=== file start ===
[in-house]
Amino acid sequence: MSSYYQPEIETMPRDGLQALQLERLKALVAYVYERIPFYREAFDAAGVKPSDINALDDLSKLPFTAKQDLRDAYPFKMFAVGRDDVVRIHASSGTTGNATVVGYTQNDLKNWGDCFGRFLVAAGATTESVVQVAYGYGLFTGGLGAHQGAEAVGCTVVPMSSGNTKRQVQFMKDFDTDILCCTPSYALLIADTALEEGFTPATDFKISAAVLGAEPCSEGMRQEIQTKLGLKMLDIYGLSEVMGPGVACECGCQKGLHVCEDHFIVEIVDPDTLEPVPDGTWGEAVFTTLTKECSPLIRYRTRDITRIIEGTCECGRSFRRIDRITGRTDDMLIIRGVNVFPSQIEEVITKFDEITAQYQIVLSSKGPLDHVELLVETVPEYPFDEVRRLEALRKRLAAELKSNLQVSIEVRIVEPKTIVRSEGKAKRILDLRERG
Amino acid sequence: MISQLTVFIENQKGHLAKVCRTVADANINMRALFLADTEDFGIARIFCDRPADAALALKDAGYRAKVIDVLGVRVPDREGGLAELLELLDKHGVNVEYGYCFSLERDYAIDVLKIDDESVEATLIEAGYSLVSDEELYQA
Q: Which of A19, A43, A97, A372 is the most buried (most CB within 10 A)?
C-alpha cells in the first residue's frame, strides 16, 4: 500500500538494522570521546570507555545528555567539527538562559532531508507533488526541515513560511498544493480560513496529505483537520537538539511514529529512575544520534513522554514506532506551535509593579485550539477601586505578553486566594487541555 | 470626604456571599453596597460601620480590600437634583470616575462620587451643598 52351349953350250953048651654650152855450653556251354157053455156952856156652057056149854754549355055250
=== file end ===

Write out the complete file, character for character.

[in-house]
Amino acid sequence: MSSYYQPEIETMPRDGLQALQLERLKALVAYVYERIPFYREAFDAAGVKPSDINALDDLSKLPFTAKQDLRDAYPFKMFAVGRDDVVRIHASSGTTGNATVVGYTQNDLKNWGDCFGRFLVAAGATTESVVQVAYGYGLFTGGLGAHQGAEAVGCTVVPMSSGNTKRQVQFMKDFDTDILCCTPSYALLIADTALEEGFTPATDFKISAAVLGAEPCSEGMRQEIQTKLGLKMLDIYGLSEVMGPGVACECGCQKGLHVCEDHFIVEIVDPDTLEPVPDGTWGEAVFTTLTKECSPLIRYRTRDITRIIEGTCECGRSFRRIDRITGRTDDMLIIRGVNVFPSQIEEVITKFDEITAQYQIVLSSKGPLDHVELLVETVPEYPFDEVRRLEALRKRLAAELKSNLQVSIEVRIVEPKTIVRSEGKAKRILDLRERG
Amino acid sequence: MISQLTVFIENQKGHLAKVCRTVADANINMRALFLADTEDFGIARIFCDRPADAALALKDAGYRAKVIDVLGVRVPDREGGLAELLELLDKHGVNVEYGYCFSLERDYAIDVLKIDDESVEATLIEAGYSLVSDEELYQA
Q: Which of A19, A43, A97, A372 is the most buried (most CB within 10 A)?
C-alpha cells in the first residue's frame, strides 16, 4: 500500500538494522570521546570507555545528555567539527538562559532531508507533488526541515513560511498544493480560513496529505483537520537538539511514529529512575544520534513522554514506532506551535509593579485550539477601586505578553486566594487541555 | 470626604456571599453596597460601620480590600437634583470616575462620587451643598 52351349953350250953048651654650152855450653556251354157053455156952856156652057056149854754549355055250